Browsing "Computer systems and security"
Oct 14, 2010 - Blue Dog, Computer systems and security    Comments Off

Spammers are back to sending poisoned .ZIP files by email

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“Hiiiiiiiii! This is Ashley . . .we did not see you in our wedding . . . Well, here I’m sending you a few pics taken in our wedding . . .

trojan horse

It’s so easy to click the mouse button on an email like this. Who doesn’t know an “Ashley”?

“Was I invited to a wedding? I wonder what her dress looked like?” The rest of the internal dialogue is less benign, “Oops, that was a .ZIP file, wasn’t it? Hey, that was weird. YOW! My computer — Oh sweet mother of GOD!”

Note that the link in this email was to a .ZIP file format. Spammers like .Zip spam because many email spam detectors and anti-virus programs don’t scan compressed files. It’s a popular way (in certain double-plus-not-good crowds) to slip in BotNet software to turn your computer into a zombie remote processor or open a door to your banking passwords. Possibilities are only limited by a Russian teenager’s imagination.

eWeek reports an uptick in the number of infected .ZIP file spam recently:

Anyone who makes the mistake of opening the attachment is greeted with a Trojan.

[The Trojan] downloads further malicious code from the Internet,” explained Graham Cluley, senior technology consultant at Sophos. “Obviously the nature of the code it downloads can be changed at any time, but the usual suspects would be spyware code to steal your log-in details, turn your computer into a bot, etc.”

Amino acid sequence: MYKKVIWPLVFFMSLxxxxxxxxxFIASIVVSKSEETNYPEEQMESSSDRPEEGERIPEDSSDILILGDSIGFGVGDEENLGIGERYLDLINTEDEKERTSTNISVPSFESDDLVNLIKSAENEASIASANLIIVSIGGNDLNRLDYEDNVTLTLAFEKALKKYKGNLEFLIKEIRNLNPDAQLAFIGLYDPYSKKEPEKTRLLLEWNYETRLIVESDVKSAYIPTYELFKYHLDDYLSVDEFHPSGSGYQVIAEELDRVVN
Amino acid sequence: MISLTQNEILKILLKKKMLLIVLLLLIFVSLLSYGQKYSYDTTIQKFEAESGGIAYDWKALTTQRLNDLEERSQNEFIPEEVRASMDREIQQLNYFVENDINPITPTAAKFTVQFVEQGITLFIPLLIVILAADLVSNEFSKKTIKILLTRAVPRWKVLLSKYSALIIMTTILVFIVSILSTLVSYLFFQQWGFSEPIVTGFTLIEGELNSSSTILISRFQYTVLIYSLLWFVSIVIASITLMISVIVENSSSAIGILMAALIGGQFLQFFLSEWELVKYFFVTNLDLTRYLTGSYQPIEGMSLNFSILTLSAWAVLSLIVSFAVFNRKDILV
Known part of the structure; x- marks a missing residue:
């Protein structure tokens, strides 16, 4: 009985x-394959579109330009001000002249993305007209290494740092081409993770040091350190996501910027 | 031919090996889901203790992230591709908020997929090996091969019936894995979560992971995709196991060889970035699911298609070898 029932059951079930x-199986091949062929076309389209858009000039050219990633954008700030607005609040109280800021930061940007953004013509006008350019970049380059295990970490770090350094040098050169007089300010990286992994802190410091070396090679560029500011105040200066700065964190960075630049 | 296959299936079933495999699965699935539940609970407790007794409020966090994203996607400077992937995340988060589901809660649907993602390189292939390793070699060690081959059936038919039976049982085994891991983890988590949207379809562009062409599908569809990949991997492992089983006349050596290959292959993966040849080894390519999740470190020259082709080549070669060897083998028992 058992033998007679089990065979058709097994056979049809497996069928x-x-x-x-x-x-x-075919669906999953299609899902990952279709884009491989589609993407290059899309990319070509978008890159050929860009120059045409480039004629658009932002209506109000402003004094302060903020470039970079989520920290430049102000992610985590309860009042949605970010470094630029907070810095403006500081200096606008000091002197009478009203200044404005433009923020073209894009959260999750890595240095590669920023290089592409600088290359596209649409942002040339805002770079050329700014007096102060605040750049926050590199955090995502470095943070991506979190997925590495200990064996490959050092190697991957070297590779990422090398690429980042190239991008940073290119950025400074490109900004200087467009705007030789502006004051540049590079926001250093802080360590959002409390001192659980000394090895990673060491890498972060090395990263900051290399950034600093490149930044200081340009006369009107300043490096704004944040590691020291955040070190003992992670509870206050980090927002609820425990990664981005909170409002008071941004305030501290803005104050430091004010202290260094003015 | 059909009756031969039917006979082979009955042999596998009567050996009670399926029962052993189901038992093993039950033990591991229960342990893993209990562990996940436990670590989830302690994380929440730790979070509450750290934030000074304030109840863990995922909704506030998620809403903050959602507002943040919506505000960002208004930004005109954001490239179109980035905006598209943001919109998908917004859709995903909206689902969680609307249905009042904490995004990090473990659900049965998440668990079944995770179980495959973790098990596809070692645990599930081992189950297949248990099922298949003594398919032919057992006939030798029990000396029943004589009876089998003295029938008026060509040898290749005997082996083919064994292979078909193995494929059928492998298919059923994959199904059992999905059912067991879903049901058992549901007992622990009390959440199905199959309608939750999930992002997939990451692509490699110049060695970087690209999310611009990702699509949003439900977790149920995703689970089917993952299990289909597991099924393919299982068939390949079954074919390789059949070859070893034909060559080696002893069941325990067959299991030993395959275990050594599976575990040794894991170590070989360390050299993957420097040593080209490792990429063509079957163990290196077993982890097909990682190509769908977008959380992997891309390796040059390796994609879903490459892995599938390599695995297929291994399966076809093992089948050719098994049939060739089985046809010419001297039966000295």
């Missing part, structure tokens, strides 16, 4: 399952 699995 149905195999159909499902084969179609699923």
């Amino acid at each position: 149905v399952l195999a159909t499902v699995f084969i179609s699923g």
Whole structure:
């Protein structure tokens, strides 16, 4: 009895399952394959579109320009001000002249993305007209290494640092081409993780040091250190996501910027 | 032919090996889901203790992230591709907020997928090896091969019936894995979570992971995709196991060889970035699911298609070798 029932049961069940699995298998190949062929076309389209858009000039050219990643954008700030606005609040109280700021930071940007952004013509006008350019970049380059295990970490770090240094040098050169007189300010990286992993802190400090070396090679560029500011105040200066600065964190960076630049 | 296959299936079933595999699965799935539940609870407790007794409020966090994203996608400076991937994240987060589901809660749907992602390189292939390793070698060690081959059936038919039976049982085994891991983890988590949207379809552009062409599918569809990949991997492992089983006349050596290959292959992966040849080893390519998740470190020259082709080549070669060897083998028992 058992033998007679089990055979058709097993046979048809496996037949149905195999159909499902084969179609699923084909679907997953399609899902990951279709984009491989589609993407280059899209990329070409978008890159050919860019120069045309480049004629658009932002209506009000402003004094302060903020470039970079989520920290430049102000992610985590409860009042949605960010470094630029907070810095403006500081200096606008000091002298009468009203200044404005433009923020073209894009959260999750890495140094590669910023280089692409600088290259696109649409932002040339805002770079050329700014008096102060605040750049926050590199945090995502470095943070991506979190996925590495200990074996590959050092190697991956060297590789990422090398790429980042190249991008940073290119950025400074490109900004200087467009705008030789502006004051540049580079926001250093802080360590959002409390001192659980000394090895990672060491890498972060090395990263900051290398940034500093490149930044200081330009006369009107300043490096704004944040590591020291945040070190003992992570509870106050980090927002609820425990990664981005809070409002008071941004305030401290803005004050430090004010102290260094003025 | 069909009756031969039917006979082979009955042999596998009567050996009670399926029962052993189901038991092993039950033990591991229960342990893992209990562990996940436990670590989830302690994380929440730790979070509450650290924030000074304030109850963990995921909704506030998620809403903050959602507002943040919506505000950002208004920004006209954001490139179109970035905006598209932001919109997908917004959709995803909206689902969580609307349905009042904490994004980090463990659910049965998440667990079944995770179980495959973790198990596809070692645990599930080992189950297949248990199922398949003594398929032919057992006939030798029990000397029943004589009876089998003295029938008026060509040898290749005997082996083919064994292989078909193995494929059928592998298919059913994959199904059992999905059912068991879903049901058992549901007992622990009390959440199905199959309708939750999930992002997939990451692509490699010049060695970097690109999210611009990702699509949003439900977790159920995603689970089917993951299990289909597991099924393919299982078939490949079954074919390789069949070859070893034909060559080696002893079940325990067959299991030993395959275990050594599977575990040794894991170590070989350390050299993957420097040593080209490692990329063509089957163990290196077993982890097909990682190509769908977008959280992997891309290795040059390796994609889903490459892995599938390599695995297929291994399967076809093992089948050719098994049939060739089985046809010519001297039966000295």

Microsoft’s “Security Intelligence Report” blog explains more about BotNets and “Drive-by Download” sites” — websites where vulnerable computers can be infected with malware simply by visiting it, even without attempting to download anything.

The moral of today’s Tale of Terro
r is “Don’t doze off at the reins while the horses are moving.”

  • Never EVER click on a link from an email.
  • Always keep your browser, operating system and hardware drivers up to date.
  • Don’t rely on a single anti-virus or anti-malware product. No one product will detect everything.
  • Avoid Windows Internet Explorer if you can.
  • Don’t assume that just because someone has your email address, they are your new best friend.
Aug 21, 2010 - Computer systems and security    Comments Off

Changing computer’s DSN really helps speed up your internet connection!

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It may seem daunting, but it wasn’t all that hard to do